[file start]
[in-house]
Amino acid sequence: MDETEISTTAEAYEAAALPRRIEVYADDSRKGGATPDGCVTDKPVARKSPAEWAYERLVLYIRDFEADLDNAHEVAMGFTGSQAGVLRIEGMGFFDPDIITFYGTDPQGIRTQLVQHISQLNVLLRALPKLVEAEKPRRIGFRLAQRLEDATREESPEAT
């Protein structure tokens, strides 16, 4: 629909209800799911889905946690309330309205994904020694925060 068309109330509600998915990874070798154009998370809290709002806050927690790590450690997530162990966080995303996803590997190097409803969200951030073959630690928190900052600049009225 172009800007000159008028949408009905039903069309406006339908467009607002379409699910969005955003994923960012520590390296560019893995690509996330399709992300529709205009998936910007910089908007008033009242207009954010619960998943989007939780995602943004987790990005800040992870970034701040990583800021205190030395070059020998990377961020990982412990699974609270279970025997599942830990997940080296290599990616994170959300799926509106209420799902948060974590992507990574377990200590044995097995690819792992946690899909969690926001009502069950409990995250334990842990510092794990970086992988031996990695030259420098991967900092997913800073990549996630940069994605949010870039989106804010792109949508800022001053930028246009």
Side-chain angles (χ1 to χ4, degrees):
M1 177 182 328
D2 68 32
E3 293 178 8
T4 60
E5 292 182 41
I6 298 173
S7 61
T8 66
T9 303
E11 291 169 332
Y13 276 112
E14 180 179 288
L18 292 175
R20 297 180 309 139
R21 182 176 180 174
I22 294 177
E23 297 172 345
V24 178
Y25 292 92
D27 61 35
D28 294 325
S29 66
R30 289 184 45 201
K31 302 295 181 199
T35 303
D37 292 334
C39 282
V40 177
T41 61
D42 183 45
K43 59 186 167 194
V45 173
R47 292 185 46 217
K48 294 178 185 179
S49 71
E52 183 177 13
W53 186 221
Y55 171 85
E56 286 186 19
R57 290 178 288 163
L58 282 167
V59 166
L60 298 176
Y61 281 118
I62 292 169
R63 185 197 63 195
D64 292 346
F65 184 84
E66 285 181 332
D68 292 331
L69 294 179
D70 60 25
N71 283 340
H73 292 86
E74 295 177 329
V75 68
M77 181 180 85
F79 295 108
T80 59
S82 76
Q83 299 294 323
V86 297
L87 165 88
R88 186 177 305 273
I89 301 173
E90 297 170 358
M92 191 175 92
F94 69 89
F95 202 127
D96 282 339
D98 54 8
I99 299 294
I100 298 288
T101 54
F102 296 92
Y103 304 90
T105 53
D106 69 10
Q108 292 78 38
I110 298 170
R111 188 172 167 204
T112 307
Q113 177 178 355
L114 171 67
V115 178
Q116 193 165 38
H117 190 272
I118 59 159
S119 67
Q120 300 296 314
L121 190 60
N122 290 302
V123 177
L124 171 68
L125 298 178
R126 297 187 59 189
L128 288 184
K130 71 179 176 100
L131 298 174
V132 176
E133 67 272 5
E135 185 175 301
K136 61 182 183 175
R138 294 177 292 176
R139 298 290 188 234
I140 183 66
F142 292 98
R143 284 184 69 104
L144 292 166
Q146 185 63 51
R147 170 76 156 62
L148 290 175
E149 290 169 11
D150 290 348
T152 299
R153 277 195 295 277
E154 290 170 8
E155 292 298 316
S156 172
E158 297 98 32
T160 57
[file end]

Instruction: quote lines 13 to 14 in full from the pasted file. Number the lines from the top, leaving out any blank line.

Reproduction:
T9 303
E11 291 169 332